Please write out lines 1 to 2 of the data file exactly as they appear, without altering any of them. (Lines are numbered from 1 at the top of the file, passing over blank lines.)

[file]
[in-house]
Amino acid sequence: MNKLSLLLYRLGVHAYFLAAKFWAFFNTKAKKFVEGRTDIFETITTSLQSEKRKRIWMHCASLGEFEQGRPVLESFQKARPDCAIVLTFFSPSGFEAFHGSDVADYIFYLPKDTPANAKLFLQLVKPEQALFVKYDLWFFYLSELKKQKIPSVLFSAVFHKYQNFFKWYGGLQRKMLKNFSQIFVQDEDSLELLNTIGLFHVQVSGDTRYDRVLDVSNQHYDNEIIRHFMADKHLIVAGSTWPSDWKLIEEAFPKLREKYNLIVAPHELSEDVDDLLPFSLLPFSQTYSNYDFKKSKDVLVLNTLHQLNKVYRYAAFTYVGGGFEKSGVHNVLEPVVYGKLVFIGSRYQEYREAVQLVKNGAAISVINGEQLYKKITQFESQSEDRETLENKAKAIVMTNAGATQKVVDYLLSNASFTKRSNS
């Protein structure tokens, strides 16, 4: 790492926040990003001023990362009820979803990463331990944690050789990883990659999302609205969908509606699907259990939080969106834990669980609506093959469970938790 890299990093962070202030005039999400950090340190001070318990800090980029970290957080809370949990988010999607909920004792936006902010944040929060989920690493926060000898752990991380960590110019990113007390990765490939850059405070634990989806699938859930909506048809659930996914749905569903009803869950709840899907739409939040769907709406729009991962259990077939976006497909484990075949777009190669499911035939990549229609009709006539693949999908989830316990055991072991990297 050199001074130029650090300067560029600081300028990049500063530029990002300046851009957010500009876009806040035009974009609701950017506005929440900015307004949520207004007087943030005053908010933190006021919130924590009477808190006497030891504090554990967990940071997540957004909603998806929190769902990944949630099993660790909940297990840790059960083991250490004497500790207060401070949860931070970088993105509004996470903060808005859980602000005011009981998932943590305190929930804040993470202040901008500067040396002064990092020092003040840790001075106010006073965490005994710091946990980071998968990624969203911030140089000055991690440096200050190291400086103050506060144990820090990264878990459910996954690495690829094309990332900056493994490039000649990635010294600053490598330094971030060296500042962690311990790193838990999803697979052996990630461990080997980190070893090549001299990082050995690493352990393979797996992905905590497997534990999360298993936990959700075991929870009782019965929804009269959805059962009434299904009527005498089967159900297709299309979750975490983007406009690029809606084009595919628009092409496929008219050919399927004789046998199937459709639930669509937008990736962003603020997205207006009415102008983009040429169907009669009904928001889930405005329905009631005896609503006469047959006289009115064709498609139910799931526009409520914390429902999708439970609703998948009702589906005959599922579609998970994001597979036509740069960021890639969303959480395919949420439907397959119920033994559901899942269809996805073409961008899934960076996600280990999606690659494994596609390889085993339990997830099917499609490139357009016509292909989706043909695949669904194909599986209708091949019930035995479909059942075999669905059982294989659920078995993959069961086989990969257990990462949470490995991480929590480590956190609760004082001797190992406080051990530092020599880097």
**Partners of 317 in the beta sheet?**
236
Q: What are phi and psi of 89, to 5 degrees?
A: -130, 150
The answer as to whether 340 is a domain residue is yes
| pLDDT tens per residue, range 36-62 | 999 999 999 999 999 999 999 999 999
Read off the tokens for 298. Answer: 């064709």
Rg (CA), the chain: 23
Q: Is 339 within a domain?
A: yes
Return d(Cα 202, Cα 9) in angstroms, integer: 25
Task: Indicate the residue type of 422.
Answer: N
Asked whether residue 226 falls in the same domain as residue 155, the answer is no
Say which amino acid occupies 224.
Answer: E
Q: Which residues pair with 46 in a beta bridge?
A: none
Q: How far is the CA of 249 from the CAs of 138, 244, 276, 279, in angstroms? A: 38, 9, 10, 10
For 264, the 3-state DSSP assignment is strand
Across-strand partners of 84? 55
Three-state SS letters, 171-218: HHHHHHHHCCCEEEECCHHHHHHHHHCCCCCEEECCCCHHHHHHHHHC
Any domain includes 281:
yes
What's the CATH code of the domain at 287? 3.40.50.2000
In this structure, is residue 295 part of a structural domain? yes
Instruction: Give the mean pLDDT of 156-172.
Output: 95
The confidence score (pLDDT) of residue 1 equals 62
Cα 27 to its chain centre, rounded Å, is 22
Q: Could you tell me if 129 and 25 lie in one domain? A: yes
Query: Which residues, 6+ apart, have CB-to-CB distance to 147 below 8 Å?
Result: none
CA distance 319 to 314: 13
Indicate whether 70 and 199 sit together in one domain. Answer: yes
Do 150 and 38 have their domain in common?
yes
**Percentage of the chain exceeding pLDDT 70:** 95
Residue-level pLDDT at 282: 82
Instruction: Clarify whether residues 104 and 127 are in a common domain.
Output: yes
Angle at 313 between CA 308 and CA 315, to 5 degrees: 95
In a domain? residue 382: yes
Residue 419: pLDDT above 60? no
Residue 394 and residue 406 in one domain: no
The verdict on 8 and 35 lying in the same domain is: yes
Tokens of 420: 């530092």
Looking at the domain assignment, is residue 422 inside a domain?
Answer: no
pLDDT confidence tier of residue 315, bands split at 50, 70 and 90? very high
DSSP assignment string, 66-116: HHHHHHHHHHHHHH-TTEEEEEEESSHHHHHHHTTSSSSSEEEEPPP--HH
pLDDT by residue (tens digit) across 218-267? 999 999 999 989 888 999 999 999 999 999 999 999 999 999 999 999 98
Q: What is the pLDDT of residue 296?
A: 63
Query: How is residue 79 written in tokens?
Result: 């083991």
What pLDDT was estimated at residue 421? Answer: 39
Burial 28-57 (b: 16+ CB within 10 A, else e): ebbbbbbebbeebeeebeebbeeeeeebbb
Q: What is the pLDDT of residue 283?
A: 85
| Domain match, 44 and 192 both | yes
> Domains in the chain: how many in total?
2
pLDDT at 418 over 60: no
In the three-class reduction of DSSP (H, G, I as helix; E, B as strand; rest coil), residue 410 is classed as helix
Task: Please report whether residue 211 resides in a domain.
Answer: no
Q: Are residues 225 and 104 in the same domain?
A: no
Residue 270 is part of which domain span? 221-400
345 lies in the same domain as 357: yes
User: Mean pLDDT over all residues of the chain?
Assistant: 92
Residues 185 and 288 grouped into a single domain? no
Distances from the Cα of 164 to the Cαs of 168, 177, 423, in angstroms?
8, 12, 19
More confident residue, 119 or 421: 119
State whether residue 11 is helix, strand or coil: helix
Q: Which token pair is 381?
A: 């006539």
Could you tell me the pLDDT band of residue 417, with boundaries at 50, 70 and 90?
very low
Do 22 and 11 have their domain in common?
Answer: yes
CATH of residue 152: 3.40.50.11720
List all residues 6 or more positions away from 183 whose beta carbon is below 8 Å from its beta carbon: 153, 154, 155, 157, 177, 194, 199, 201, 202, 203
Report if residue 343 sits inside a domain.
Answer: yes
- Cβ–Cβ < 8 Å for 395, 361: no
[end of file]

[in-house]
Amino acid sequence: MNKLSLLLYRLGVHAYFLAAKFWAFFNTKAKKFVEGRTDIFETITTSLQSEKRKRIWMHCASLGEFEQGRPVLESFQKARPDCAIVLTFFSPSGFEAFHGSDVADYIFYLPKDTPANAKLFLQLVKPEQALFVKYDLWFFYLSELKKQKIPSVLFSAVFHKYQNFFKWYGGLQRKMLKNFSQIFVQDEDSLELLNTIGLFHVQVSGDTRYDRVLDVSNQHYDNEIIRHFMADKHLIVAGSTWPSDWKLIEEAFPKLREKYNLIVAPHELSEDVDDLLPFSLLPFSQTYSNYDFKKSKDVLVLNTLHQLNKVYRYAAFTYVGGGFEKSGVHNVLEPVVYGKLVFIGSRYQEYREAVQLVKNGAAISVINGEQLYKKITQFESQSEDRETLENKAKAIVMTNAGATQKVVDYLLSNASFTKRSNS